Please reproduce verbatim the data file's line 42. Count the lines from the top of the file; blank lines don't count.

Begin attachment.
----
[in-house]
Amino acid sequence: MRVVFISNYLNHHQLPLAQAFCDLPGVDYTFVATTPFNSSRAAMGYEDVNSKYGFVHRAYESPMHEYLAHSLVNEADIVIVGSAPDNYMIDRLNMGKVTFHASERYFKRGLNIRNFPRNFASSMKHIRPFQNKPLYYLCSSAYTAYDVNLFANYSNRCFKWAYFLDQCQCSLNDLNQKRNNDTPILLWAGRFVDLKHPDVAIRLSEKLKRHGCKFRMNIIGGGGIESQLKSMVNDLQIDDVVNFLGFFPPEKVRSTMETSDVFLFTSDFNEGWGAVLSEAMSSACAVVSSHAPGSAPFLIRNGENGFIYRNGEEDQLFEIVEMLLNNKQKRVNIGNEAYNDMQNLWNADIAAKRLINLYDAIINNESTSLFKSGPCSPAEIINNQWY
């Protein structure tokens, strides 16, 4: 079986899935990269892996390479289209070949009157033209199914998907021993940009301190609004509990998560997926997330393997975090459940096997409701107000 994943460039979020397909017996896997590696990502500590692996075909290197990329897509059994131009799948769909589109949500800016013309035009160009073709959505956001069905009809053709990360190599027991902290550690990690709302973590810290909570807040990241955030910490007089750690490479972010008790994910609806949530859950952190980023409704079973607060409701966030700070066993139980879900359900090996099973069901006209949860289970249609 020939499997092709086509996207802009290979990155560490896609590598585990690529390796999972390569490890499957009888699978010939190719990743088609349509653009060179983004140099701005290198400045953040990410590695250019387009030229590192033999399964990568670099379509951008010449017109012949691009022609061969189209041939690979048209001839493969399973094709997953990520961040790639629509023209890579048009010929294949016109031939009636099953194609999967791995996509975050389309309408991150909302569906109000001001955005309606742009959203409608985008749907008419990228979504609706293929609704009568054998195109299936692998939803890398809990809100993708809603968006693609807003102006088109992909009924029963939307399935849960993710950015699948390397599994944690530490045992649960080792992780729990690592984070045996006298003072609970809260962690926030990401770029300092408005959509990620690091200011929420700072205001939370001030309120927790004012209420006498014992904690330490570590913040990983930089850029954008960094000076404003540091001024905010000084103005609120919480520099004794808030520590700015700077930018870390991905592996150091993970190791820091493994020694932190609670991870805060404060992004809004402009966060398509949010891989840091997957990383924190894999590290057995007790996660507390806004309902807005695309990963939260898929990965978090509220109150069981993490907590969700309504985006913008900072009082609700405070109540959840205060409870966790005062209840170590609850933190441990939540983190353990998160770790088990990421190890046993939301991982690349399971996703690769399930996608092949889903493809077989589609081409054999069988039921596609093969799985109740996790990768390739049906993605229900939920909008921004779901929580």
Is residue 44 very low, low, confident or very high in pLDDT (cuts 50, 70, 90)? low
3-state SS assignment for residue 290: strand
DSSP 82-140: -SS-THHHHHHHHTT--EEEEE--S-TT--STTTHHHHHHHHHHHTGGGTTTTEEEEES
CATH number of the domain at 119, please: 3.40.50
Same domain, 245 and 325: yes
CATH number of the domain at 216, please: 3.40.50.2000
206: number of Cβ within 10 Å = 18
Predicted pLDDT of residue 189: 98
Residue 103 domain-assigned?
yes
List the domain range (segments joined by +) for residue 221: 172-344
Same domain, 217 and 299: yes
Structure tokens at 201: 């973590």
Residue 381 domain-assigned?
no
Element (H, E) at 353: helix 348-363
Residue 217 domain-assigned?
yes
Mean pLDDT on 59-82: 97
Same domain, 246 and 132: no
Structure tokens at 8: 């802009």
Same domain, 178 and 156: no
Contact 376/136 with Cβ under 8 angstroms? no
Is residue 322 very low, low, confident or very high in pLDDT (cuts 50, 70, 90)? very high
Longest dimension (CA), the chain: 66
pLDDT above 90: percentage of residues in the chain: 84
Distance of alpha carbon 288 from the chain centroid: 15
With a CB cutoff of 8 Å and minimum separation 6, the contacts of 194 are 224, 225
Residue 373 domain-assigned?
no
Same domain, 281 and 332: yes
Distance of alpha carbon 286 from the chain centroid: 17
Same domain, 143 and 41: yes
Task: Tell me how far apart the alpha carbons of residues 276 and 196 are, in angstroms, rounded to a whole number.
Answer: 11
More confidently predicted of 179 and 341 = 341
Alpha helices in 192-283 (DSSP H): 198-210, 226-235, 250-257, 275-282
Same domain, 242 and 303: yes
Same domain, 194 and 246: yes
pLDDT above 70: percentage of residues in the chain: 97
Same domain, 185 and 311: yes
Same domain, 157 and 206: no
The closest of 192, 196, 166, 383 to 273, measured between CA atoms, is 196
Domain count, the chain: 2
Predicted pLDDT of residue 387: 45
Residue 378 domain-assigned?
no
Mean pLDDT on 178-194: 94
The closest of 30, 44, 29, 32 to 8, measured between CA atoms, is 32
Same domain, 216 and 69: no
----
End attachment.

Same domain, 194 and 246: yes